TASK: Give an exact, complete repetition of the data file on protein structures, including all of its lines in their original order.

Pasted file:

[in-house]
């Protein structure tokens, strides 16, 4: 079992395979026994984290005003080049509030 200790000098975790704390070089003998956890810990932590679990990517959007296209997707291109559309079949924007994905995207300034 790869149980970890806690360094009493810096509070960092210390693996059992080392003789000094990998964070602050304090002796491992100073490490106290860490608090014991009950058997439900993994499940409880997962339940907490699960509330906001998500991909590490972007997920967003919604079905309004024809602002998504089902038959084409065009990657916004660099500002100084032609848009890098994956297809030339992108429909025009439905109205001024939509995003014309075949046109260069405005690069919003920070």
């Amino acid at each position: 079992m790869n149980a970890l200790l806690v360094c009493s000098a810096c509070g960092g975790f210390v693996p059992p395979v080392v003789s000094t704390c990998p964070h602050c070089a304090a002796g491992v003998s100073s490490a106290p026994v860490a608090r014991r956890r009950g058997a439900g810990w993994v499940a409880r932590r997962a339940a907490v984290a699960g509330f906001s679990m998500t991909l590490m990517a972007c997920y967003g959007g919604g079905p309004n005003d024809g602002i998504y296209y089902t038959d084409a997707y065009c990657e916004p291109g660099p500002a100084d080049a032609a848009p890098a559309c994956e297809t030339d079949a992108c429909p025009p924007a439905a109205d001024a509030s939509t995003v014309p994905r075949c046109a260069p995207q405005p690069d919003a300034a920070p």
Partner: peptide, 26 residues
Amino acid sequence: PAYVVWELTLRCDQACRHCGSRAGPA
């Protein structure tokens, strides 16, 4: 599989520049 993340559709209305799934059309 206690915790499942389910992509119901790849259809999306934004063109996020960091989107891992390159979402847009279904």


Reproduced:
[in-house]
């Protein structure tokens, strides 16, 4: 079992395979026994984290005003080049509030 200790000098975790704390070089003998956890810990932590679990990517959007296209997707291109559309079949924007994905995207300034 790869149980970890806690360094009493810096509070960092210390693996059992080392003789000094990998964070602050304090002796491992100073490490106290860490608090014991009950058997439900993994499940409880997962339940907490699960509330906001998500991909590490972007997920967003919604079905309004024809602002998504089902038959084409065009990657916004660099500002100084032609848009890098994956297809030339992108429909025009439905109205001024939509995003014309075949046109260069405005690069919003920070």
């Amino acid at each position: 079992m790869n149980a970890l200790l806690v360094c009493s000098a810096c509070g960092g975790f210390v693996p059992p395979v080392v003789s000094t704390c990998p964070h602050c070089a304090a002796g491992v003998s100073s490490a106290p026994v860490a608090r014991r956890r009950g058997a439900g810990w993994v499940a409880r932590r997962a339940a907490v984290a699960g509330f906001s679990m998500t991909l590490m990517a972007c997920y967003g959007g919604g079905p309004n005003d024809g602002i998504y296209y089902t038959d084409a997707y065009c990657e916004p291109g660099p500002a100084d080049a032609a848009p890098a559309c994956e297809t030339d079949a992108c429909p025009p924007a439905a109205d001024a509030s939509t995003v014309p994905r075949c046109a260069p995207q405005p690069d919003a300034a920070p």
Partner: peptide, 26 residues
Amino acid sequence: PAYVVWELTLRCDQACRHCGSRAGPA
């Protein structure tokens, strides 16, 4: 599989520049 993340559709209305799934059309 206690915790499942389910992509119901790849259809999306934004063109996020960091989107891992390159979402847009279904």